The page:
We have a lot of red peppers at the moment because when I see them in the store I buy lots – sometimes it can be weeks before I see them again. So this curry turned into a real hearty vegetable curry with my favourite outstanding flavours being the tomato and the red pepper (and obviously the coconut milk!).
It’s not so much a soup…rather a stew – but you can adjust the amount of coconut milk and stock to your liking. I ate this over some quinoa, Ivan ate it with some brown rice and then we had it again for dinner without the added grains and it was like a chunky soup. It’s really really tasty.
Red Pepper & Tomato Curry (soup or stew)
Serves 5 pretty hungry people and one hungry little baby.
- One large onion, chopped
- 3 cloves garlic, chopped
- 1 tbsp chopped ginger
- 2 tbsp curry powder
- 1 tsp ground cumin
- 1/4 tsp garam masala
- 1 potato (or sweet potato) chopped
- 1 carrot, chopped
- 2 red bell peppers (capsicums), chopped
- 4 peeled and chopped tomatoes + 1/4 cup tomato puree (OR 1-2 cans of tomatos with their juice)
- 1 can coconut milk
- 2-3 cups home-made vegetable stock or water
- 1/2 head of cauliflower, chopped
- 2 handfuls spinach
Heat a large pot and throw in the onion, garlic and ginger. Stir quickly so it doesn’t burn and keep stirring until they turn soft. If it starts to burn, add a little water or turn the heat down slightly.
All the spices and stir to coat everything.
Now add the potato, carrot and bell peppers and cook til they’re a bit softer.
Add the tomatoes + puree or canned tomatoes + juice, the coconut milk and stock or water. Cook for around 15 minutes and then add cauliflower. Simmer for another 15 minutes or so and then add the spinach. Stir until the spinach has wilted and then serve on quinoa, brown rice or on its own!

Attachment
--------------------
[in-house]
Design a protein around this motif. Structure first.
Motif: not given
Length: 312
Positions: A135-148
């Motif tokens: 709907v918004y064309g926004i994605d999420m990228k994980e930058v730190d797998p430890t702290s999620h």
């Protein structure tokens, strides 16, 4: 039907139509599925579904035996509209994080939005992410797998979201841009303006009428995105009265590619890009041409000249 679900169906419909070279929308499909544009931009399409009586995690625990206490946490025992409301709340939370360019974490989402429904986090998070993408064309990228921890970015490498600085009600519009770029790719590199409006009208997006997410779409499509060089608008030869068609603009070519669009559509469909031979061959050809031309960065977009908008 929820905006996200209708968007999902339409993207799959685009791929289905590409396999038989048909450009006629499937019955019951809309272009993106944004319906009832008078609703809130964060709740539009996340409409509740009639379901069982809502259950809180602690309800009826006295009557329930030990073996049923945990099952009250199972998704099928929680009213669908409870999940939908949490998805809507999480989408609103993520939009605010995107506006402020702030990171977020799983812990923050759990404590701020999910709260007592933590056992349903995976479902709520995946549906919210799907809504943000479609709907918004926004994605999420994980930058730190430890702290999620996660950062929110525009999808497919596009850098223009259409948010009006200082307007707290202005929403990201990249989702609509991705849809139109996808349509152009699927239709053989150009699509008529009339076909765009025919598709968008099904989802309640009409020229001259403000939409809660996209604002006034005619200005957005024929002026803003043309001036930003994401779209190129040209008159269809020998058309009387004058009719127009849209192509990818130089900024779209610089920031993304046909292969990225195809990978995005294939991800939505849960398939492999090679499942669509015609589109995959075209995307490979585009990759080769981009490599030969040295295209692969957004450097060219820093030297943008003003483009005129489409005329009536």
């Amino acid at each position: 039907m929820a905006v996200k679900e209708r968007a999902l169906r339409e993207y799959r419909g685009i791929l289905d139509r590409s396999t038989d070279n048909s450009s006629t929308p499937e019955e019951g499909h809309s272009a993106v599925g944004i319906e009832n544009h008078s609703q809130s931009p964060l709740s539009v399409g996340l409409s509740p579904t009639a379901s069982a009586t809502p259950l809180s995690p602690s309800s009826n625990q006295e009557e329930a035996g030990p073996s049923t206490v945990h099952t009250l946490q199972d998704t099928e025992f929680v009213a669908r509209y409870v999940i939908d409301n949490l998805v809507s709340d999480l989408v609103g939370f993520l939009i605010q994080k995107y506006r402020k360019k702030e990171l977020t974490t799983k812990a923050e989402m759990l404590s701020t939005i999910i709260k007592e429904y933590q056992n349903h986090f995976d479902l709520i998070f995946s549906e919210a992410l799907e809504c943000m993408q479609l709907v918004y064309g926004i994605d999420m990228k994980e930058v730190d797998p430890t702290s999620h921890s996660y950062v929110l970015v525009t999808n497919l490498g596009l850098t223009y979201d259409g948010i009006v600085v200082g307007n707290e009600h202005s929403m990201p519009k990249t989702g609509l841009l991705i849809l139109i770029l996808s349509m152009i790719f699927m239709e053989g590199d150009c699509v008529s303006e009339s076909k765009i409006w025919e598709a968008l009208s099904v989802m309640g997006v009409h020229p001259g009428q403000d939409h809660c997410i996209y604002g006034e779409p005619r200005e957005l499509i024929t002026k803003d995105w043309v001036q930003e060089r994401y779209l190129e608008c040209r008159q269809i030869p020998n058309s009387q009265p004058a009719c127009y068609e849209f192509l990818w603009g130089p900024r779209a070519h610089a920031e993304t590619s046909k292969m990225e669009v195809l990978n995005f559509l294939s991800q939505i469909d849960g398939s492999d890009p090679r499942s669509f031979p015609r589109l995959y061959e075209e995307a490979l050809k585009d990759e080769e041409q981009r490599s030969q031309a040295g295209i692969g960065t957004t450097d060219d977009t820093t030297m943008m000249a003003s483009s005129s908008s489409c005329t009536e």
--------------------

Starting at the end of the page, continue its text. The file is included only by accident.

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If you’re anything like me, the idea of making your own stock/broth is either
a) too complicated
b) not worth it or
I’d like to dedicate this post to my mum, who’s reaction when I asked her why she doesn’t make her own stock was a sigh that encompassed all of the above.
I was like that, once. But then we arrived in Obregon and I realised that if I wanted to make soups or meals with added broth, I had the option of chicken stock cubes or chicken stock powder. And I knew that I wouldn’t purchase and consume such things with Flavour Enhancers (Monosodium Glutamate, Disodium 5′-ribonucleotides), Yeast Extract, Glucose Syrup Solids, Chicken Fat, Potato Starch, Sugar, Chicken Extract listed in the ingredients list and wheat flour as the main ingredient! (Yeah, check your labels people!). There had to be a better way.
I assumed that making my own stock would be time consuming and finicky. Turns out I was wrong.
If you a) want to eat healthier b) want to know exactly what you’re eating c) want to save money or d) all of the above, then I urge you to try making your own stock. I make it once a week and keep it in the fridge or freezer, depending on the week’s meal plan. I’ve been doing this for the last 4 months and it’s as easy as throwing some veggies in a pot – really.
Super Easy Vegetable Stock
Makes around 2 litres, add more or less veggies or water depending on what you need.
You can really use any mix of vegetables that you have lying around. This is where you can use up the slightly shriveled carrots or celery or anything else that might be nearing compost time! Of course you can use fresh vegetables too – I usually use a mix of whatever I have. Keep the tops, bottoms and peels on and cut roughly. The only thing I’d suggest is scrubbing everything gently, as you don’t want dirt in your broth. My usual ‘recipe’ is as follows:
- 2-6 stalks of celery (leaves and all)
- 2-3 carrots
- 1 big onion
- 2 cloves garlic
- handful of mushrooms
- 1 potato
- 1 -2 tbsp low sodium soy sauce/tamari (optional)
- large handful fresh herbs (I usually use parsley if I have it. It’s not essential.)
Rinse, chop roughly and leave skins/peels on everything.
Heat a big pot without oil and test for heat (splash a few drops of water in, if it sizzles, it’s hot). When it’s hot, dump all the ingredients except the soy sauce and herbs. Use a big spoon or spatula to stir the veggies around so they don’t burn. Keep stirring until they start to brown slightly. It’ll smell amazing!